Inside the Artist’s Studio: Nao Bustamante

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Published June 11, 2010

PHOTO COURTESY OF BRAVO

 

Nao Bustamante is an artist who divides her time between Los Angeles and upstate New York, where she teaches performance and video at Rensselaer Polytechnic University (RPI). And, for an unknown number of weeks this summer, she’ll be putting in some time in art-curious living rooms and laptops everywhere as a contestant on the first reality TV show about contemporary art (to air), Bravo’s Work of Art. Arguably the most established artist on the showâ??and backed by a catalogue of media savvy performances (including a formative, old school broadcast transgression)â??I caught up with her about her latest piece, on view Wednesdays at 11 PM/10 PM Central.

KEVIN MCGARRY: Hi Nao. One thing I’d like to know is, are you, as a viewer, a fan of reality TV?

NAO BUSTAMANTE: Yeah, definitely. I really like Wife Swap, and The Real Housewives of Atlanta. And of course Ru Paul’s Drag Race. I’m sort of a fan of gritty reality TV, Dr. Drew, you know, all of the sex addict shows, that kind of thing.

MCGARRY: I’m sure you had some idea of what you were getting into when you decided to do Work of Art… but as a subject, now how do you feel about reality TV, so far?

BUSTAMANTE: I was working on a theory about it before this came up. I’m really interested in reality TV as a format for storytelling, as a way of communicating humanity, of seeing ourselvesâ??of seeing our scripted selves perform as ourselves. It’s simulacral, this removal of the self while performing the self in a quote-unquote real life situation. So I was already really interested in the use of reality TV as a format before the audition.

MCGARRY: Do you consider your participation on the show a performance?

BUSTAMANTE: Well, I was definitely interested in the different types of characters these shows engineer for social behavior, so I stereotyped myself going in as an aggressive figure… I really like the anti-heroes in a lot of my narrative stories. I was trying to present it in sort of that psychological testing way: I would be that M&M type, the hard-shell, soft-center person. The thing about presenting a shell in that situation is there’s no backstage, so the camera continually strips off your mask, and then there’s another mask underneath, and then another mask underneath that, and it goes on and on like that. So I kind of watched myself erode [Laughs] into different selves the whole time.

MCGARRY: Do you think you have a sense of how you come across on the show? How was riding the wave of the camera and editing systems?

BUSTAMANTE: I’m so used to having full control of my product and my art practice, and so probably the hardest part of the experience was giving up a control of the end result, but that was something that I signed on for, so I had to accept that and trust the process, and trust the producers who have made really successful shows in the past. I had to trust that if I brought something to the table, they’d be able to integrate it in a way that made sense for their story. Because, it’s not my story. I tried to create a story inside of their story, so we’ll see how much that comes across. I’m not really sure how it will. I’m seeing the episodes as they air.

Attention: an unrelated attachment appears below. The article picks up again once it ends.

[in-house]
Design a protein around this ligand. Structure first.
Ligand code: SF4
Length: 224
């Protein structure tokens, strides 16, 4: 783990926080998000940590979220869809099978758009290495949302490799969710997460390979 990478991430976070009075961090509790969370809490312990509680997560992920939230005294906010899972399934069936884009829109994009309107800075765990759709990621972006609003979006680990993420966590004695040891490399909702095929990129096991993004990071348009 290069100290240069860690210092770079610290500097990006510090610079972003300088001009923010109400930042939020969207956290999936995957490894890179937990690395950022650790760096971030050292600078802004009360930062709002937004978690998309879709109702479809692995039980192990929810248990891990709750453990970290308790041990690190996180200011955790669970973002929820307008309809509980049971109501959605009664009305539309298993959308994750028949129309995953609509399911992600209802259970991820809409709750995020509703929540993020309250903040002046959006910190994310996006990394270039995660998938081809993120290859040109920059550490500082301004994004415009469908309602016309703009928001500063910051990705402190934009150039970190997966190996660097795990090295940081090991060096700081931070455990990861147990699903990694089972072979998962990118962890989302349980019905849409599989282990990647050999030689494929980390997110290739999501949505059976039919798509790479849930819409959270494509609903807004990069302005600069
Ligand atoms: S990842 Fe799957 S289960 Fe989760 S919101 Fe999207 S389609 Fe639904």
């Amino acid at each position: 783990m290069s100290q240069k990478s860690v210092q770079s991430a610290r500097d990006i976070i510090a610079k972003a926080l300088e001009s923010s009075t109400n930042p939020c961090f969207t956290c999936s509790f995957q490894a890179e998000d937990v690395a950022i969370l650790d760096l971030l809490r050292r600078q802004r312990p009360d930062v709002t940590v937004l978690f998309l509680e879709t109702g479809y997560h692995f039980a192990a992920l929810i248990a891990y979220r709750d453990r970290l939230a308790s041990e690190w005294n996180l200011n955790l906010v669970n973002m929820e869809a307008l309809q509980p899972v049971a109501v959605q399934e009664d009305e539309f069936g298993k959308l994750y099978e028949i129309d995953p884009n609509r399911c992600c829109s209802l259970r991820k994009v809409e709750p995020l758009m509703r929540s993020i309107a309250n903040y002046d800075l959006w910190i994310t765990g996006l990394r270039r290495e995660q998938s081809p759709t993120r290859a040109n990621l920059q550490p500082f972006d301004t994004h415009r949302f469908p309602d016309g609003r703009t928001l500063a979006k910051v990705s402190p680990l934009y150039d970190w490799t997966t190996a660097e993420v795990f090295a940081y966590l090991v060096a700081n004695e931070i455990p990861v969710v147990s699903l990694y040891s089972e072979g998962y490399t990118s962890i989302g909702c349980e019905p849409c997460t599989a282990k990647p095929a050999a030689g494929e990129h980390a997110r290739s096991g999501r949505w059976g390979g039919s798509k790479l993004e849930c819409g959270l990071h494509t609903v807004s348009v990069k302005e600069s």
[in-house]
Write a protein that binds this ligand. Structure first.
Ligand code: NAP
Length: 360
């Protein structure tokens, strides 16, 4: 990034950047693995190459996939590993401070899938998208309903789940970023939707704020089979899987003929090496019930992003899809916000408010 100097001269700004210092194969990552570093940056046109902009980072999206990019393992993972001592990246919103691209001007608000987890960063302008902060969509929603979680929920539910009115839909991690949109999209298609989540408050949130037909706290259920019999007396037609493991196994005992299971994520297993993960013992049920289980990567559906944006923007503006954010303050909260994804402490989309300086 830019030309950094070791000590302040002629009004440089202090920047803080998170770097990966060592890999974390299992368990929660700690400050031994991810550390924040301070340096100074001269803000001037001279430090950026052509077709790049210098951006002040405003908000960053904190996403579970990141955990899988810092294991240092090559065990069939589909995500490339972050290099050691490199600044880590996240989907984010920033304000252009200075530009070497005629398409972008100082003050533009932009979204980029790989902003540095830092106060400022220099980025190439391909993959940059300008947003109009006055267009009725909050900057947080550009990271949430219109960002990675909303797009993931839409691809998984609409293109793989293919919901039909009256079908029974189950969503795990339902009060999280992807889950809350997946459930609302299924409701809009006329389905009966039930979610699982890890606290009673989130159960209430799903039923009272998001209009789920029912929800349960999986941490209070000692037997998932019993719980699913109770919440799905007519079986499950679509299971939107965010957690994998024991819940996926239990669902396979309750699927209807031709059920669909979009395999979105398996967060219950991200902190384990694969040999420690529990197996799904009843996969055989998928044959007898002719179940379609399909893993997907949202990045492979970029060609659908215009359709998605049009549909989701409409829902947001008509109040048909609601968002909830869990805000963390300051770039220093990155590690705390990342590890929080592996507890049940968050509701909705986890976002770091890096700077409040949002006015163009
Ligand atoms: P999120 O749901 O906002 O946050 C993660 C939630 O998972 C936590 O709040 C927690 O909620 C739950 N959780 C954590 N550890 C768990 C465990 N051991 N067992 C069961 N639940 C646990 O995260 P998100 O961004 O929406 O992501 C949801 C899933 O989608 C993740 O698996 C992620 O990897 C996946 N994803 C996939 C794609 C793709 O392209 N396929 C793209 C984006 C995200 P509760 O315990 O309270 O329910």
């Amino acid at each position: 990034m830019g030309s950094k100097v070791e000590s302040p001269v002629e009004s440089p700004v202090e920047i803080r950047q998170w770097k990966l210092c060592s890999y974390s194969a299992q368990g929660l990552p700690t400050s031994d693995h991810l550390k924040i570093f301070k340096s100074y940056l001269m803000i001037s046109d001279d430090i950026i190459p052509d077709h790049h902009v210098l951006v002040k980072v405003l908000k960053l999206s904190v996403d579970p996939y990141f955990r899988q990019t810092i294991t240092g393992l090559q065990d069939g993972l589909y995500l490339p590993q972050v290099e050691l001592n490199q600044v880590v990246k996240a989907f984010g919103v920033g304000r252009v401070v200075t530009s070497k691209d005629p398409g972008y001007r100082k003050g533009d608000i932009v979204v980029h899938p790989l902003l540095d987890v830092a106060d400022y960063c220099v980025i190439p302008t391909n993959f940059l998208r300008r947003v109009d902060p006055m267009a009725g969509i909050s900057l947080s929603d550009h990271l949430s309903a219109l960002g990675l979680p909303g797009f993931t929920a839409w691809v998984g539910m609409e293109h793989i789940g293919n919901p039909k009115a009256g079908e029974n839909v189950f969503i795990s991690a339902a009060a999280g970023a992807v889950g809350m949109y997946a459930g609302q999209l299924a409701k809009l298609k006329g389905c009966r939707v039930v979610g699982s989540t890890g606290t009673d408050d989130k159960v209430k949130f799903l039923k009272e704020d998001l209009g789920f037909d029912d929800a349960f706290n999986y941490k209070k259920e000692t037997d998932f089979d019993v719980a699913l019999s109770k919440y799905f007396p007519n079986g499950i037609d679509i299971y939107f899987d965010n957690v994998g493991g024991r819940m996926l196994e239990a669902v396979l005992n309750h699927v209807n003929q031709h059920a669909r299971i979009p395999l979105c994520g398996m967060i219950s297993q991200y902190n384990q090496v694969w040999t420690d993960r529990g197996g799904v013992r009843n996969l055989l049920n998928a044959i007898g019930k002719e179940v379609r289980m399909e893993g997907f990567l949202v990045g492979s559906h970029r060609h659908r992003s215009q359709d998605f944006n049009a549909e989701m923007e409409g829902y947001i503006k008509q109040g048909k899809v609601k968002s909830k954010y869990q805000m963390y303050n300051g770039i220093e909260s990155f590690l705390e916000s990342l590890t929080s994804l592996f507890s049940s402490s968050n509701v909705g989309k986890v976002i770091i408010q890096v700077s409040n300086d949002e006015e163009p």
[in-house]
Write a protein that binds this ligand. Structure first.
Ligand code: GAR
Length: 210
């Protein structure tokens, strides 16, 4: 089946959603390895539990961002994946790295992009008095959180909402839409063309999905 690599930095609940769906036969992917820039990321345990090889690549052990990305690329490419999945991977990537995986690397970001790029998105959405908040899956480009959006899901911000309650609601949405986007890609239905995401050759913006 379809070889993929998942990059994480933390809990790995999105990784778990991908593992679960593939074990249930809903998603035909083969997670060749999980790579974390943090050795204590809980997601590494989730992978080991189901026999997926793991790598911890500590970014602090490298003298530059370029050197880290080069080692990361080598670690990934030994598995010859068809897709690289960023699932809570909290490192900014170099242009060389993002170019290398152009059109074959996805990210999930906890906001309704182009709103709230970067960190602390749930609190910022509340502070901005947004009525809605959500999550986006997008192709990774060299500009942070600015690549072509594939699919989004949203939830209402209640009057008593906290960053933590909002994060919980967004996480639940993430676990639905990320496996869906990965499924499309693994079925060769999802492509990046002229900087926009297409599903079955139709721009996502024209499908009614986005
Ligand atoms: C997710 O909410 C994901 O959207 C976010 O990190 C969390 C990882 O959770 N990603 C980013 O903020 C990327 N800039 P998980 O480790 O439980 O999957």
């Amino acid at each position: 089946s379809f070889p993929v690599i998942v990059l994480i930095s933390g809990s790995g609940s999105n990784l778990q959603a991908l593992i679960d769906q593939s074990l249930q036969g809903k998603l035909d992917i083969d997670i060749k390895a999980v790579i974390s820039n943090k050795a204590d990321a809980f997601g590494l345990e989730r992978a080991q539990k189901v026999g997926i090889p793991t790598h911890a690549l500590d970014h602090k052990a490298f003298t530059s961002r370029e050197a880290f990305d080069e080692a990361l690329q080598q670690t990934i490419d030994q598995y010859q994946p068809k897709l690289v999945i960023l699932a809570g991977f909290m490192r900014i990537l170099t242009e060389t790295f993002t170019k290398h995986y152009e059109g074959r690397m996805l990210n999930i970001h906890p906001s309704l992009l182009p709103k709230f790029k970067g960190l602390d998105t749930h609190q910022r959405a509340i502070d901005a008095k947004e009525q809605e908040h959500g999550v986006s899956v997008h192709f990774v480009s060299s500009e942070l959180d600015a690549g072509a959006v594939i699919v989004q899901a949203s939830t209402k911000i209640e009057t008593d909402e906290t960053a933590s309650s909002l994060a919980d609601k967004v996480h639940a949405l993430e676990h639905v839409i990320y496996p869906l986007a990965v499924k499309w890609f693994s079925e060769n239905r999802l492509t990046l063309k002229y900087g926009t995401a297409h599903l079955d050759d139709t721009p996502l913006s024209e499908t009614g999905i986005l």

MCGARRY: Did you or do you have concerns about how the show could affect perceptions of you and your work?

NAO: Of course, of course. I had a lot of feelings about it. As someone who’s really engaged in the absorption of popular culture and spitting it back out, I felt like I had to hop on the train and ride it out and see where it went. I’m still an artist who has engagement in the art world. I have my first gallery now, which I signed to before the show, Baer Ridgway Exhibitions in San Francisco. And I have a residency in Italy in July. So I’m going to be leaving in the middle of viewing the show to ride around on a bicycle on the coast of Italy and make art.

MCGARRY: The first time I heard about your work was when I read about your 1992 appearance on The Joan Rivers Show, in character as Rosa, the exotic exhibitionist. Do you have any reflections on how your experiences on the two shows might resonate?

BUSTAMANTE: You know, I do…being on The Joan Show was probably the most surreal experience I’ve ever had. It was taped in front of a live studio audience with Joan Rivers. The kind of information I gave and the kind of information I withheld in the interview was really interesting and scary. I feel like my piece for Work of Art is actually the show itself and my navigation of the show. With Joan I also had an intervention strategy, to propose the idea of multi-gendered ambisexuals to mainstream America. I remember laughing it up the night before in a hotel room with friends, trying to decide what kind of concepts I would introduce in the morning. I also think there’s a way in which I see my work not as a kind of lineage or direct line, but more like one big patchwork of ideas and works that are layered on each other, and then I go digging around in the hole, and I find a piece of another work. So I think that for me, it’s all one big piece, which is the way that I engage in my life.